- Special Reports
- Maps & Data
- Election 2014
- Dear Abby
- Games & Puzzles
- Events & Exhibits
- Food & Drink
- Arts & Music
- Movies & TV
Norwich — U.S. Sen. Richard Blumenthal was greeted at Kelly Middle School Thursday by several city school officials who quickly ushered him back into the cool drizzle to make a point.
Superintendent Abby Dolliver showed the senator how he would approach the locked doors as an outsider. Blumenthal hit the buzzer and gave his name when school secretary Sue Benoit answered the call inside the office.
“Would you like to come in?” Benoit asked.
“I hope so,” Blumenthal responded.
But he had to negotiate through a second set of locked doors just inside the main entrance. Students and staff can enter the main hallway, but visitors are directed to a separate door and buzzed into the office.
In the office, Benoit and School Resource Officer Anthony Gomes showed Blumenthal the video monitoring system that can display or zoom in on images from any of the 53 cameras, including nine outdoor cameras. The cameras hold data for 30 days.
“I haven’t found a school that has that number of outside cameras,” Blumenthal said.
Kelly was the fourth school Blumenthal has visited thus far in a tour of the state in advance of the Senate’s consideration of his “Secure Our Schools” proposal, which would provide at least $40 million to school districts for improvements such as locks, cameras, monitors and lighting.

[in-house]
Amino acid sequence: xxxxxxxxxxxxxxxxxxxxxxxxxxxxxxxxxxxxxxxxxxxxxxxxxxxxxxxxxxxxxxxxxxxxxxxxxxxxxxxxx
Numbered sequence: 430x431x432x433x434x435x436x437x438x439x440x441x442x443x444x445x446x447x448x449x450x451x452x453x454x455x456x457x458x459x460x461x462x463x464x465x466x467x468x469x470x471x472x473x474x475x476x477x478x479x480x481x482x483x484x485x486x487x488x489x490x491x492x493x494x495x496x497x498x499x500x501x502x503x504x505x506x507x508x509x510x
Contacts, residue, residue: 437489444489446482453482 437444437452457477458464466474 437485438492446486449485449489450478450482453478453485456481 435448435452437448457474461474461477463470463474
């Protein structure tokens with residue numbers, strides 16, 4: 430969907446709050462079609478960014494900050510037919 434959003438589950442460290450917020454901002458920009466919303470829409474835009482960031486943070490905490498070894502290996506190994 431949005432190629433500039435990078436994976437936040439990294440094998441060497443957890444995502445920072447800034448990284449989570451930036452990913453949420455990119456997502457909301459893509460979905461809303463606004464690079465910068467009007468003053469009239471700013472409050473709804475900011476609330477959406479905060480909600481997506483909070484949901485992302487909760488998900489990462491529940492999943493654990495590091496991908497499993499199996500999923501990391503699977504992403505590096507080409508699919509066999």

Kelly Middle School underwent a $40 million renovation and new construction project that opened a year ago in January. Blumenthal said he was impressed by the school’s security features and said they could be models for his security enhancement program.
Interior double doors in the Kelly hallways at various locations also are equipped with magnetic locks, allowing school officials to close off sections of the school. That system is used routinely during evening recreational programs that use the school gymnasium near the front of the building, Dolliver said.
Norwich Police Lt. Christopher Ferace, the Norwich police school liaison officer, said the locking door system is designed to “slow” any forced entry by an intruder.
“The idea is to slow them down,” Ferace said. “Every single second counts.”
Kelly students had no school Thursday, but teachers from throughout the district used the building for a professional development training day. Blumenthal and school officials interrupted one program in the school community room, where about 35 special education teachers were seated.
Teacher Susan Bernstein asked the senator for his opinion on whether schools should hire armed guards. The Enfield school board voted 5-4 Wednesday to hire security guards for all 11 schools at a cost of more than $600,000 per year.
“Is that the message we want to send to our families?” Bernstein asked.
Blumenthal said he believes that decision should be left to individual school districts. He said he personally prefers school resource police officers, who also provide mentoring and counseling services and direct interaction with students. Norwich restored two resource officers to the middle schools in this year’s budget after they were removed in budget cuts two years earlier. Another six police D.A.R.E. officers work regularly with elementary schools.
“My opinion is districts need to make those decisions individually,” Blumenthal said. “For some districts, armed guards might be very valuable.”